Monday, May 05, 2008

Jeju Island 제주도: April 26 - May 3

I wanted to spend my last vacation traveling in Korea. Jeju Island is Korea's most popular domestic tourist destination and I thought that was a good enough reason to go there. Koreans are proud of Jeju and are probably right in thinking that it's the prettiest part of the country. Jeju does get international tourists, but I was the only foreigner on both of my flights and saw only a handful of foreigners on the island. I ran into several large school groups and Korean honeymooners, who were easily identifiable in their identical couple shirts.

Jeju was formed by a volcanic eruption 2 million years ago and has a subtropical climate. Korea's tallest mountain, Hallasan, dominates the geography and can be viewed on a clear day from most anywhere on the island. When I climbed it, however, I could barely see 20 yards in front of me. I kept hoping the fog would burn off by the time I reached the summit so I'd be able to see the crater lake at the top. Unfortunately, the weather did not cooperate and I have no photos from Hallasan to post. I also went to Manjanggul, which is part of the Geomunoreum lava tube system. This UNESCO World Heritage Site is supposed to be the longest lava tube in the world at 8,928 meters, but visitors are only allowed to see 1 kilometer of the tubes. It was too dark for any decent pictures.


traditional Jeju houses and grandfather stone

Cheonjeyeon waterfall

Yongmeori Coast
Korean women selling sea cucumbers and urchins. They'll slice up anything if you want a picnic right there on the rocks. I had ramen at the temple instead...


Hyeopjae beach on the west coast of Jeju, view to Biyangdo island

Sanbangsan Temple


Jeju is famous for its Hallabong, a sweet citrus fruit that's like a cross betweent tangerines and oranges. Hallabong are very expensive on the Korean mainland but are not exactly cheap on Jeju, especially if purchased in the gift boxes. 10 large Hallabong might cost upwards of 30 dollars! I found smaller ones at roadside stands for about a dollar a piece.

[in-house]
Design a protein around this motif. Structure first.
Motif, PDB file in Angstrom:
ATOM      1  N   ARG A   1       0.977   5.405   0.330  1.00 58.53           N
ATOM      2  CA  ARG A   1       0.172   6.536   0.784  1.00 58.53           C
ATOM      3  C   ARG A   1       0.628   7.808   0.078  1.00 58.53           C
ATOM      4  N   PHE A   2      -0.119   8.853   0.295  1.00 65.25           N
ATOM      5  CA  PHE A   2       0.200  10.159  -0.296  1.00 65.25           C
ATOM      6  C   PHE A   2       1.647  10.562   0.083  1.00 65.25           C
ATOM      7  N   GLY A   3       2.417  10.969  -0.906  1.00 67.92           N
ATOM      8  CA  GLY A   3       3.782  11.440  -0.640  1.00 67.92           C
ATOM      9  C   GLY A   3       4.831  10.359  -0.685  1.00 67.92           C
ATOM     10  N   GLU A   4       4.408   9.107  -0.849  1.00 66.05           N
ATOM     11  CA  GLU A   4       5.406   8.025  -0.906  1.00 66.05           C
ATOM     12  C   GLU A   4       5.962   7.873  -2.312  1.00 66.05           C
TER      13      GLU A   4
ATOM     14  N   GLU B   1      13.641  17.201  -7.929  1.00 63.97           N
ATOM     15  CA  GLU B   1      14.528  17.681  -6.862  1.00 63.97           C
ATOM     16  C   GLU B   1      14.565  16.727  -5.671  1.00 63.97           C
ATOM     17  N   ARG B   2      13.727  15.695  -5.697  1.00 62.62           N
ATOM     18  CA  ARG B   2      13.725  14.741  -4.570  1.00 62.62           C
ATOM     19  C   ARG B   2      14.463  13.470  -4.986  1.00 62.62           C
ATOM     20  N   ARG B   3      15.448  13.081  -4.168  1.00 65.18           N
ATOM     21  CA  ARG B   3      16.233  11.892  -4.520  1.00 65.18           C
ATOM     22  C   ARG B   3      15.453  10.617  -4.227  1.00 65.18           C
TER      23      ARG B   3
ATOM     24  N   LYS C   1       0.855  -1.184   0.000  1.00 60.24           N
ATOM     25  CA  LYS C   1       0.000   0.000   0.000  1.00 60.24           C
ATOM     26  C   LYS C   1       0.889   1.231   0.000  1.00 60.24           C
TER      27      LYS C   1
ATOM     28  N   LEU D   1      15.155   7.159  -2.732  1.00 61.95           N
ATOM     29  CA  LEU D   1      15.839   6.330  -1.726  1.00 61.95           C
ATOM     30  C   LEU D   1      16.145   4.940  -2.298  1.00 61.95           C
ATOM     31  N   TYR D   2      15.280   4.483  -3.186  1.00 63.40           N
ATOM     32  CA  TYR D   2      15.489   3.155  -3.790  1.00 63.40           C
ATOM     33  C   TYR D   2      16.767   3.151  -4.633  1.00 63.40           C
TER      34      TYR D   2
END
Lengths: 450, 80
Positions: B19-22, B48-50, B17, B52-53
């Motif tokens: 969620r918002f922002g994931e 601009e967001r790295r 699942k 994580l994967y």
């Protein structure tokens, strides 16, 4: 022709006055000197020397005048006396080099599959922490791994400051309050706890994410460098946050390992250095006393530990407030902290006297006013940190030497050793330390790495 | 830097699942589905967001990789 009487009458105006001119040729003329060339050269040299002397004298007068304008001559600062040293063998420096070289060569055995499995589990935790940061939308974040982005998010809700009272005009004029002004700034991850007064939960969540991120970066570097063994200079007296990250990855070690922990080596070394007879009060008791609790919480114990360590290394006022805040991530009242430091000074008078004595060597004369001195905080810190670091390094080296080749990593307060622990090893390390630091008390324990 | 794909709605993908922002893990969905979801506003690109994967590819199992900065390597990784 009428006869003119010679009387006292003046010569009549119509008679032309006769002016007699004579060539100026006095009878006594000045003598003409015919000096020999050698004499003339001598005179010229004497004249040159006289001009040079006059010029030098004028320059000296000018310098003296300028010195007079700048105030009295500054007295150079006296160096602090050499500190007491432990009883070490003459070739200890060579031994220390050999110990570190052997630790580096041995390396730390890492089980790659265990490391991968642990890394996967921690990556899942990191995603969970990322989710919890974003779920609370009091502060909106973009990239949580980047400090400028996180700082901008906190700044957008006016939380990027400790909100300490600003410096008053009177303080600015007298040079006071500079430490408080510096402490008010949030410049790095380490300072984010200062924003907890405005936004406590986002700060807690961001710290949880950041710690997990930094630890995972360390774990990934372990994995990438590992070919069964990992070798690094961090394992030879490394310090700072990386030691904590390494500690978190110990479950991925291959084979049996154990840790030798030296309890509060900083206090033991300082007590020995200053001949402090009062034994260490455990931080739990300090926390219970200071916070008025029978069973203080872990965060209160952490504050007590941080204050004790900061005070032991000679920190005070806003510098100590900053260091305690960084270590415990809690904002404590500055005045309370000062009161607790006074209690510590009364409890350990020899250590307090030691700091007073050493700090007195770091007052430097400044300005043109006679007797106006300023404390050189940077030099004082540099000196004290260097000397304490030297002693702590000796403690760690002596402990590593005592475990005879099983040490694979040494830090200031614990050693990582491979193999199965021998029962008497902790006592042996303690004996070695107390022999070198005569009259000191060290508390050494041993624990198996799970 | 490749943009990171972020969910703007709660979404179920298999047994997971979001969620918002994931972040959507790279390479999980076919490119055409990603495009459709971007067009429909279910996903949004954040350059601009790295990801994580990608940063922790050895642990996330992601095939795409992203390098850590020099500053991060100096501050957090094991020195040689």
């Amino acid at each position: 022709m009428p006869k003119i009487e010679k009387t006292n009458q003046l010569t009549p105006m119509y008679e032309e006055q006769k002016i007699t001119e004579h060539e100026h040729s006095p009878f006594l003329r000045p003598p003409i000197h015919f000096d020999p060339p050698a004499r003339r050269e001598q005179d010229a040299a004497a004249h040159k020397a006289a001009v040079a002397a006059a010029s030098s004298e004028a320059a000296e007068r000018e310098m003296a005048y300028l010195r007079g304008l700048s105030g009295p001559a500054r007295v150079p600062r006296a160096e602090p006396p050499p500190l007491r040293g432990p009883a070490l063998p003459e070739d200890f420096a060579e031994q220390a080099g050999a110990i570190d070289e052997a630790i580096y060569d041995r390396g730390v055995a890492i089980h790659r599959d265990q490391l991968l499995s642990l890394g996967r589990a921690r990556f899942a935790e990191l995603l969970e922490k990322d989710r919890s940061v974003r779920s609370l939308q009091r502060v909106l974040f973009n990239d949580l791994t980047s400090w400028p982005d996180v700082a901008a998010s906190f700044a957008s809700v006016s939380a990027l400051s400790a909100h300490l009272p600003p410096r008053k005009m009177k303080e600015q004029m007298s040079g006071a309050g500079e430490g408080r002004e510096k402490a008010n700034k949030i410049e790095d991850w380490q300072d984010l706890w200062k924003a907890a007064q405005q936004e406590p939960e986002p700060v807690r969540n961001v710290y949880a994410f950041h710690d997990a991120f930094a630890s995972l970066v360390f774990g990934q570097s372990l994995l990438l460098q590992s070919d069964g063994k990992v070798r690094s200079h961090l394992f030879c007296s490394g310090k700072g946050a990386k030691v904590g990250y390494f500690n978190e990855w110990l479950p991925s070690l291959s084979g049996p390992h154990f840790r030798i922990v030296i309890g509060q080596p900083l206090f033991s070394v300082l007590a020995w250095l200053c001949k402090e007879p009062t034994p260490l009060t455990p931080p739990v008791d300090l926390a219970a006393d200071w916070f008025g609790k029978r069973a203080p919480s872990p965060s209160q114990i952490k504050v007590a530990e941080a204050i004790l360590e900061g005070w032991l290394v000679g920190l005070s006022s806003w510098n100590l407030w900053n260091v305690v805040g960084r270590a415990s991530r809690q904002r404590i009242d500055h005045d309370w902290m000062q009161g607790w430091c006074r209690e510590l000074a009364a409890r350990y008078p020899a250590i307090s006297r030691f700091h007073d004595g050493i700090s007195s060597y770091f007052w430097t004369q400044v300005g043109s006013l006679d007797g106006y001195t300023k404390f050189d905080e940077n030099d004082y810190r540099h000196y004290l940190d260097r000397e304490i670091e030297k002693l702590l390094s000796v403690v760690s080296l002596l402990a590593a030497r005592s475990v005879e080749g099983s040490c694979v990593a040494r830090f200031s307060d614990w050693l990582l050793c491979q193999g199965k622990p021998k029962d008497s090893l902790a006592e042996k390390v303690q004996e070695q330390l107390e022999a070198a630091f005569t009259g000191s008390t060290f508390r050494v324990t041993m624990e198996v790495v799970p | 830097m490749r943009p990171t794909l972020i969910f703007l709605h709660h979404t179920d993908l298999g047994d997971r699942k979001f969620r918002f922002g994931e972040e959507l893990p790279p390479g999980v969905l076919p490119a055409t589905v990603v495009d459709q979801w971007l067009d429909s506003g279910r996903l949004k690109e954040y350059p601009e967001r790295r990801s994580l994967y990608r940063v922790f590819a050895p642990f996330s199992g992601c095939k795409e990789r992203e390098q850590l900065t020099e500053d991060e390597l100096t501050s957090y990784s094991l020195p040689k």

Smaller temple and buddha inside a natural cave on the side of Sanbang Mountain

view looking out of the cave

Cheonjiyeon waterfall

On the walk back to the main road from O'Sulloc's Tea Museum. A lot of touristy places on Jeju are not easily accessible by public bus. I caught a ride with a local on the way to the tea museum, which saved me 3 miles of walking. The road was so pleasant though that I happily walked the way back. This walk probably represents the longest that I've been outside in Korea without any other people around. It was glorious!

tea fields- all the walls are made with the black volcanic rocks


Women hang squid (or cuttlefish, I'm not sure which) in the early morning to let it dry. Dried fish and squid are popular snacks in Korea.

Seaweed out to dry


Sunset in Seongsanpo, a small port city on the south east coast of Jeju.

Hongjodangoe-haebin beach on Udo, view to Jeju. Udo island is a 15 minute ferry ride away from Seongsanpo. Udo is a quiet little island with few cars and little activity. I spent a peaceful afternoon riding around the narrow roads on my rented bicycle and relaxing on the beach.

Udo island, view to Jeju island. Jeju is known for its Haenyeo, or women divers. These women, some in their 60s, dive daily for sea cucumbers, urchins and abalone that they can sell to supplement their family income. It's no surprise to me that Jeju women live longer than the men.
traditional houses on Udo

hoedopbap- raw fish with raw vegetables and rice, served with the red pepper paste

buckwheat pa-jeon filled with radishes- delicious!

Seongsan Ilchulbong or Sunrise Peak. I woke up at 4:30 to see the sunrise from the top of this volcanic crater and it was worth it!

1 Comments:

Blogger hyungwlee said...

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10:34 PM  

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